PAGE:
Jazz Fest: David Byrne, Jon Batiste End the First Weekend on a High Note

[Updated] This first weekend of Jazz Fest will be remembered—to the degree that it will be remembered at all—for its extreme pleasantness. Whether because Festival Productions economized this year because they have their eye on their 50th anniversary in 2019 or because the right big ticket talent simply wasn’t available this year, the headliners were respectable but not spectacular draws. Sunday was the busiest day of the weekend with David Byrne and Jimmy Buffett topping the bill, but the crowds remained manageable throughout. 

Jazz Fest: Janelle Monae Says an Emotional Goodbye to Prince

Jazz Fest 2016  began with Goldman Thibodeaux and the Lawtell Playboys, Thibodeaux dressed for Saturday night on Friday morning. In long-sleeved black pearl-snap shirt, black slacks and a black fedora, he played Cajun music the way it has been played for at least 50 years. It’s the sort of sound that Jazz Fest has long maintained as its musical heart, but ironically, there are few of the old guys who can or still do play their Louisiana music the old way. Some have tried to change with the times, some have passed away. 

Jazz Fest: Saturday's Schedule and Picks

Friday was a slightly soft start to Jazz Fest. There was never enough of a crowd to create lines for anything, and only in the last hour did the schedule force any hard choices. Fortunately, the day ended with a Steely Dan set that was as musical as you'd expect, a Sharon Jones and the Dap-Kings set that was a lesson in old school R&B and showmanship, and Janelle Monae's emotional tribute to Prince. It was particularly affecting to see someone as self-possessed as Monae in tears onstage as she played "Take Me with U" and "Let's Go Crazy."

Jazz Fest is Re-Reeling in the Years

This year’s New Orleans Jazz and Heritage Festival presented by Shell is playing to its base. The festival generally caters first to baby boomers, though in recent years it stretched the “jazz and heritage” concept over Phoenix, The Strokes, Maroon 5, Foo Fighters, and Ed Sheeran as well.This year, Jazz Fest only veers into the pop mainstream for Nick Jonas (really?) and a few Congo Square acts (J. Cole, Jazmine Sullivan, and Flo Rida), and spends a lot of time not just reliving but re-reliving the ’60s and ‘70s.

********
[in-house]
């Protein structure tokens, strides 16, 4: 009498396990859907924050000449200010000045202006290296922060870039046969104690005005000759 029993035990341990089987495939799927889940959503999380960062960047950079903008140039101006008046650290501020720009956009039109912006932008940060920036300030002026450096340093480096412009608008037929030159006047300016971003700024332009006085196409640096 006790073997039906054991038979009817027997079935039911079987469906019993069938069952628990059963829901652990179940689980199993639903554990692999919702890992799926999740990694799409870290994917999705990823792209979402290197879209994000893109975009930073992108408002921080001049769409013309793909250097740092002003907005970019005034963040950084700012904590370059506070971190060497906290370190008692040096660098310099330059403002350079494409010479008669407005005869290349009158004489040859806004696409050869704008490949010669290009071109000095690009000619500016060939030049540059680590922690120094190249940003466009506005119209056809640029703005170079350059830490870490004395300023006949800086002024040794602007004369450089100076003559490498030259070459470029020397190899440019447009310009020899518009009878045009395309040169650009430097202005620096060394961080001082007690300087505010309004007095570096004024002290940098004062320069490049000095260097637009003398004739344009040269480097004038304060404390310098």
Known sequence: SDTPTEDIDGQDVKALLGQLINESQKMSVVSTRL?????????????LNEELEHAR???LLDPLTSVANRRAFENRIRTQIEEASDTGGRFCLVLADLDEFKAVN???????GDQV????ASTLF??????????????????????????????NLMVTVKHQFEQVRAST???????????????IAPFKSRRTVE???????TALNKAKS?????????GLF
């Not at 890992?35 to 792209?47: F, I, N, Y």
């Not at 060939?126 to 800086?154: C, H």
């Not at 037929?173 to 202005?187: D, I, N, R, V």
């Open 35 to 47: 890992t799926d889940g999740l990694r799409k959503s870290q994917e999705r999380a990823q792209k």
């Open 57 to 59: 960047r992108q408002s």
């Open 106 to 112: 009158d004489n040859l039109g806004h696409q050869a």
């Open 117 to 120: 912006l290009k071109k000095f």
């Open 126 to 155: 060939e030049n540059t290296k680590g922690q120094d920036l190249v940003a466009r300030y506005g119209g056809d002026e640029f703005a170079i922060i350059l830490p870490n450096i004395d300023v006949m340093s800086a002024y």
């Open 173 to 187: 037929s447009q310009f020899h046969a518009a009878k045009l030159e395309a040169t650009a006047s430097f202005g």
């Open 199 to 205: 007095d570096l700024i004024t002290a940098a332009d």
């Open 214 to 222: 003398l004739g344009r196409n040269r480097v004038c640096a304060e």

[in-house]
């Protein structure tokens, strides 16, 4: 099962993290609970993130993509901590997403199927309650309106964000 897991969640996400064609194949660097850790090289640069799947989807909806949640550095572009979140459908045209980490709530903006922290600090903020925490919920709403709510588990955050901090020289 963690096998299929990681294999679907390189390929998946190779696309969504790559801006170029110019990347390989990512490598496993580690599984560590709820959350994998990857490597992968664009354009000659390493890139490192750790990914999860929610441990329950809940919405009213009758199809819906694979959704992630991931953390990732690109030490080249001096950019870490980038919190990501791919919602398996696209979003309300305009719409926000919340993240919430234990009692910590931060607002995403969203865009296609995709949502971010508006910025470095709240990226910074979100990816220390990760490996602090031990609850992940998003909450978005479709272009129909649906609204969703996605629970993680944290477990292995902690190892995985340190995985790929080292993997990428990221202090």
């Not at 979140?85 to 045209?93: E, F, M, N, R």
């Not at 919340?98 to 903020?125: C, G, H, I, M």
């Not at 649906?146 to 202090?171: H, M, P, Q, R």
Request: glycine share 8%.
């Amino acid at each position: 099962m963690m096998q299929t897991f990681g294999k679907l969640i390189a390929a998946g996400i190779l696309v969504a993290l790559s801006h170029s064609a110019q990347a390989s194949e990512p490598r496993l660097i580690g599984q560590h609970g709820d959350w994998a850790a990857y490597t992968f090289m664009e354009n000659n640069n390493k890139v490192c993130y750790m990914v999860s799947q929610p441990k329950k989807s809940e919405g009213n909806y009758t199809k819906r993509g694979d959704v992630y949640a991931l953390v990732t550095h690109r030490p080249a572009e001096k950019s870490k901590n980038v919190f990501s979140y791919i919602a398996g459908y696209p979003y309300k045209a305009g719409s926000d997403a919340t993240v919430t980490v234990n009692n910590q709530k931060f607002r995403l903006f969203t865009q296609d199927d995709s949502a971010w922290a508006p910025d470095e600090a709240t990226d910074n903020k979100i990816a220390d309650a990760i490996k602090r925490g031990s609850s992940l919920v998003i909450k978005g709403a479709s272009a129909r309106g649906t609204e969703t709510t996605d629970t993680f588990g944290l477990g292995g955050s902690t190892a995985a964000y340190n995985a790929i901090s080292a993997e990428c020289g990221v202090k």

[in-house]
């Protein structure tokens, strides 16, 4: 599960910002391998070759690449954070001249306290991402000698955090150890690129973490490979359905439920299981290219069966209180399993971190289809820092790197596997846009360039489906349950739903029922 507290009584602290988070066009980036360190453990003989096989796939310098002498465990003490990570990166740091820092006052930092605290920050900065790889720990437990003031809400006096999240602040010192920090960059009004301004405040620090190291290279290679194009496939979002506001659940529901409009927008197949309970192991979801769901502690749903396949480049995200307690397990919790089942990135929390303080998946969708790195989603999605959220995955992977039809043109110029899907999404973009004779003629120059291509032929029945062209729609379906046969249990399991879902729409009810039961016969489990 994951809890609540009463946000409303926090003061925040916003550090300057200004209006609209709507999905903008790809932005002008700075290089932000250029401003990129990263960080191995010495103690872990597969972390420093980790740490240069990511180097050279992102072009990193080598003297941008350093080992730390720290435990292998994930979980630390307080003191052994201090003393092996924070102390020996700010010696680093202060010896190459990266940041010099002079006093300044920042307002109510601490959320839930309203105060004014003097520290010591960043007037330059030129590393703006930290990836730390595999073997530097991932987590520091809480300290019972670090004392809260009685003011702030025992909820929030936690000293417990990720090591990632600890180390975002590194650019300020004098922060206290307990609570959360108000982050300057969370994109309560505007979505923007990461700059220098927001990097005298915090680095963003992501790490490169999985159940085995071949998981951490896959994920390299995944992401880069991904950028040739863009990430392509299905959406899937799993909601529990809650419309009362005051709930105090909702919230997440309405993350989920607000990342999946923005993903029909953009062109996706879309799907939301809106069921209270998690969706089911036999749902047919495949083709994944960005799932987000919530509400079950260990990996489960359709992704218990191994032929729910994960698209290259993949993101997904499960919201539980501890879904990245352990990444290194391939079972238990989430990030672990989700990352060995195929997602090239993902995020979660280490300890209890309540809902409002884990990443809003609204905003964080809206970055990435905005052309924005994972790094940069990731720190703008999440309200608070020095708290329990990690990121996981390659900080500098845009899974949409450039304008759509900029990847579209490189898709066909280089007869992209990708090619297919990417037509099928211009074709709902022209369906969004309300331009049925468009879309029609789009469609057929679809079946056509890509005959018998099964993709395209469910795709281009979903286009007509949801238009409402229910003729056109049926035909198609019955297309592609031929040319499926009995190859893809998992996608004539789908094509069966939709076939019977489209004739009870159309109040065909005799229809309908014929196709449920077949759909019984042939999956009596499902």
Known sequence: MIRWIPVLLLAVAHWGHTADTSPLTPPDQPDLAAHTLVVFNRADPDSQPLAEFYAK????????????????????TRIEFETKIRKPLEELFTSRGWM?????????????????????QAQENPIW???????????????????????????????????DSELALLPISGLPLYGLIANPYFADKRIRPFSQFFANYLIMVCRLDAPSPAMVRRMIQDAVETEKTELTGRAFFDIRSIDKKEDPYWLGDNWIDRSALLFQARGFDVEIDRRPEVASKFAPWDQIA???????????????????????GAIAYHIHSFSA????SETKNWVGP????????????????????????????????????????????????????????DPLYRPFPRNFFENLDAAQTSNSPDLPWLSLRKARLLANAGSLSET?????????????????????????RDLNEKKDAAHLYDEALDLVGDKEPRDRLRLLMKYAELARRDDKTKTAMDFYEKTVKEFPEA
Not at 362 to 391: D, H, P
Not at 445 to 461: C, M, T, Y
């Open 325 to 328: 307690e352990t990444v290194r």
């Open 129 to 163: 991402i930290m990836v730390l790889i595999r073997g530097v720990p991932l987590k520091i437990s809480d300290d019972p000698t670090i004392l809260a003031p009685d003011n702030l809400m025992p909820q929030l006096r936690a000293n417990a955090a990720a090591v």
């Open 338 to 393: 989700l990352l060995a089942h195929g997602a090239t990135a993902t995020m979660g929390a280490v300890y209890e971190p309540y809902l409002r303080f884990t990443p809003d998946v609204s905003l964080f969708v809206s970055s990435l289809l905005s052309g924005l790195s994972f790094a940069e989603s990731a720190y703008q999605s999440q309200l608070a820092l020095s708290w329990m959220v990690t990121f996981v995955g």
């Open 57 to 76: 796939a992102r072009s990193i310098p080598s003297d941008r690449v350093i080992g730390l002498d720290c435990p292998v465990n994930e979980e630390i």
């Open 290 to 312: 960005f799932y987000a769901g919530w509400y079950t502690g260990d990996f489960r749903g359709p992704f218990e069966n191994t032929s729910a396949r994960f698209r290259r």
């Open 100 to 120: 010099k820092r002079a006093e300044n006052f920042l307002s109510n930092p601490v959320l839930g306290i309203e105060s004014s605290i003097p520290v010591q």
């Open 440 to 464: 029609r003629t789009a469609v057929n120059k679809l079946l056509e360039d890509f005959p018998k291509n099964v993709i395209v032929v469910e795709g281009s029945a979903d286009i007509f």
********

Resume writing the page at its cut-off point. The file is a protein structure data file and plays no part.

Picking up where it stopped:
You Don't Know Janelle Monae

Janelle Monáe is noticeably still. I’m shown into a hotel room to interview her and she is poised in a chair, at rest but composed. She’s in her trademark black and white—black hat on the back of her head behind her pompadour, black leather motorcycle jacket, black pants with white stripes down the side, and black and white heels. In that outfit, the red broken heart on her white T-shirt and pistachio green nail polish on her toes might as well be searchlights. 

Nile Rodgers and Prince Make Plans for Essence

[Updated] In his book Le Freak: An Upside Down Story of Family, Disco, and Destiny, Nile Rodgers tells the story of his ascent from guitarist in the house band at the Apollo to Chic--the biggest self-contained band of the disco era--to a successful career as a producer in the '80s, when he recorded David Bowie's Let's Dance

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